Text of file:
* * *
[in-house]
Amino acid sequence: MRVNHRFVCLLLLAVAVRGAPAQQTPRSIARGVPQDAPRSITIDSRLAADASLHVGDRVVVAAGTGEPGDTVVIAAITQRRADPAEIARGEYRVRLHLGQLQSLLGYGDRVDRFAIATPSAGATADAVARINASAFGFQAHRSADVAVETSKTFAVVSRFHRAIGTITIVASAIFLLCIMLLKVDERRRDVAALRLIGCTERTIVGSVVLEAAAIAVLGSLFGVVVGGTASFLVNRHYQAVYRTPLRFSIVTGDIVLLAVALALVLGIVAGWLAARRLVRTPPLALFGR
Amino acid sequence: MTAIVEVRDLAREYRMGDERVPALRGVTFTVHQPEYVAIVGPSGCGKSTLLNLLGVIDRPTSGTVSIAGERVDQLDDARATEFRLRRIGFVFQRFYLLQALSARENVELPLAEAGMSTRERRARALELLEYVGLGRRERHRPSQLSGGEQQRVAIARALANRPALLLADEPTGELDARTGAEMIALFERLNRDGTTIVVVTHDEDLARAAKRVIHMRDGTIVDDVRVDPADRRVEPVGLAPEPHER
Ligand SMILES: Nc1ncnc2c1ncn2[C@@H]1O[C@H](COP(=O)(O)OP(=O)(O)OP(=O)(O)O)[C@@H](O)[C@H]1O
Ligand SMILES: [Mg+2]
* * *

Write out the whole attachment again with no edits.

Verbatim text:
[in-house]
Amino acid sequence: MRVNHRFVCLLLLAVAVRGAPAQQTPRSIARGVPQDAPRSITIDSRLAADASLHVGDRVVVAAGTGEPGDTVVIAAITQRRADPAEIARGEYRVRLHLGQLQSLLGYGDRVDRFAIATPSAGATADAVARINASAFGFQAHRSADVAVETSKTFAVVSRFHRAIGTITIVASAIFLLCIMLLKVDERRRDVAALRLIGCTERTIVGSVVLEAAAIAVLGSLFGVVVGGTASFLVNRHYQAVYRTPLRFSIVTGDIVLLAVALALVLGIVAGWLAARRLVRTPPLALFGR
Amino acid sequence: MTAIVEVRDLAREYRMGDERVPALRGVTFTVHQPEYVAIVGPSGCGKSTLLNLLGVIDRPTSGTVSIAGERVDQLDDARATEFRLRRIGFVFQRFYLLQALSARENVELPLAEAGMSTRERRARALELLEYVGLGRRERHRPSQLSGGEQQRVAIARALANRPALLLADEPTGELDARTGAEMIALFERLNRDGTTIVVVTHDEDLARAAKRVIHMRDGTIVDDVRVDPADRRVEPVGLAPEPHER
Ligand SMILES: Nc1ncnc2c1ncn2[C@@H]1O[C@H](COP(=O)(O)OP(=O)(O)OP(=O)(O)O)[C@@H](O)[C@H]1O
Ligand SMILES: [Mg+2]